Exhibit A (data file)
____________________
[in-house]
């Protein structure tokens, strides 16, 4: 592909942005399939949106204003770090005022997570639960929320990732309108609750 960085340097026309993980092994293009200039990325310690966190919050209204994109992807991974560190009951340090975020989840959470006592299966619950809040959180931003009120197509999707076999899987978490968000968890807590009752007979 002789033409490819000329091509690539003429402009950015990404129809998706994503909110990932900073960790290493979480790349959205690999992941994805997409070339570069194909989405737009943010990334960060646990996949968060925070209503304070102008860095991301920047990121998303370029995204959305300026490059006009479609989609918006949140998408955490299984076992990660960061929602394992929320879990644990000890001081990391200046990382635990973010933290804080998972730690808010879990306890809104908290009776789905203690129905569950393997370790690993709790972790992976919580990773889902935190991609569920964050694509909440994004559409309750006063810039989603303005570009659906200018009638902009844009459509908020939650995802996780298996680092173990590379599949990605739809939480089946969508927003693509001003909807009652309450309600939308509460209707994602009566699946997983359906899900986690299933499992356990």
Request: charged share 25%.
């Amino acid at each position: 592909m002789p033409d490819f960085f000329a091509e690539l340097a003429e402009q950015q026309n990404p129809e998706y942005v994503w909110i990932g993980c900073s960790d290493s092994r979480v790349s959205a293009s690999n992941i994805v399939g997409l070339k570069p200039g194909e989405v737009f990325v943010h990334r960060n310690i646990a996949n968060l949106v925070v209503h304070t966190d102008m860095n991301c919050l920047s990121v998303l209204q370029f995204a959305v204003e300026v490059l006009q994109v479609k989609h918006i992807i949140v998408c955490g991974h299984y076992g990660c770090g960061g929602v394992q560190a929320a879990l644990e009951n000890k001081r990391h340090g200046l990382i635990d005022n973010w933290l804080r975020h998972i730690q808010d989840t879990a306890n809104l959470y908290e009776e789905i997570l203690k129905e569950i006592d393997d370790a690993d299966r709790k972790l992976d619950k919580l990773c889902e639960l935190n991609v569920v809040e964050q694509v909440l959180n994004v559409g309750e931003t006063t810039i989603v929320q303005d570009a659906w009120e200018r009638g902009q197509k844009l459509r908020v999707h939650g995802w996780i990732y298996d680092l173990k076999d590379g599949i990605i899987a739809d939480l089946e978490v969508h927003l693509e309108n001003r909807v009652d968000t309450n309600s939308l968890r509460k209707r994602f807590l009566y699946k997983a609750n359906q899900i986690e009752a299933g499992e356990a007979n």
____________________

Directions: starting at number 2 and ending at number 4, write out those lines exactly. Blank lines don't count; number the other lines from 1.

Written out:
């Protein structure tokens, strides 16, 4: 592909942005399939949106204003770090005022997570639960929320990732309108609750 960085340097026309993980092994293009200039990325310690966190919050209204994109992807991974560190009951340090975020989840959470006592299966619950809040959180931003009120197509999707076999899987978490968000968890807590009752007979 002789033409490819000329091509690539003429402009950015990404129809998706994503909110990932900073960790290493979480790349959205690999992941994805997409070339570069194909989405737009943010990334960060646990996949968060925070209503304070102008860095991301920047990121998303370029995204959305300026490059006009479609989609918006949140998408955490299984076992990660960061929602394992929320879990644990000890001081990391200046990382635990973010933290804080998972730690808010879990306890809104908290009776789905203690129905569950393997370790690993709790972790992976919580990773889902935190991609569920964050694509909440994004559409309750006063810039989603303005570009659906200018009638902009844009459509908020939650995802996780298996680092173990590379599949990605739809939480089946969508927003693509001003909807009652309450309600939308509460209707994602009566699946997983359906899900986690299933499992356990």
Request: charged share 25%.
């Amino acid at each position: 592909m002789p033409d490819f960085f000329a091509e690539l340097a003429e402009q950015q026309n990404p129809e998706y942005v994503w909110i990932g993980c900073s960790d290493s092994r979480v790349s959205a293009s690999n992941i994805v399939g997409l070339k570069p200039g194909e989405v737009f990325v943010h990334r960060n310690i646990a996949n968060l949106v925070v209503h304070t966190d102008m860095n991301c919050l920047s990121v998303l209204q370029f995204a959305v204003e300026v490059l006009q994109v479609k989609h918006i992807i949140v998408c955490g991974h299984y076992g990660c770090g960061g929602v394992q560190a929320a879990l644990e009951n000890k001081r990391h340090g200046l990382i635990d005022n973010w933290l804080r975020h998972i730690q808010d989840t879990a306890n809104l959470y908290e009776e789905i997570l203690k129905e569950i006592d393997d370790a690993d299966r709790k972790l992976d619950k919580l990773c889902e639960l935190n991609v569920v809040e964050q694509v909440l959180n994004v559409g309750e931003t006063t810039i989603v929320q303005d570009a659906w009120e200018r009638g902009q197509k844009l459509r908020v999707h939650g995802w996780i990732y298996d680092l173990k076999d590379g599949i990605i899987a739809d939480l089946e978490v969508h927003l693509e309108n001003r909807v009652d968000t309450n309600s939308l968890r509460k209707r994602f807590l009566y699946k997983a609750n359906q899900i986690e009752a299933g499992e356990a007979n």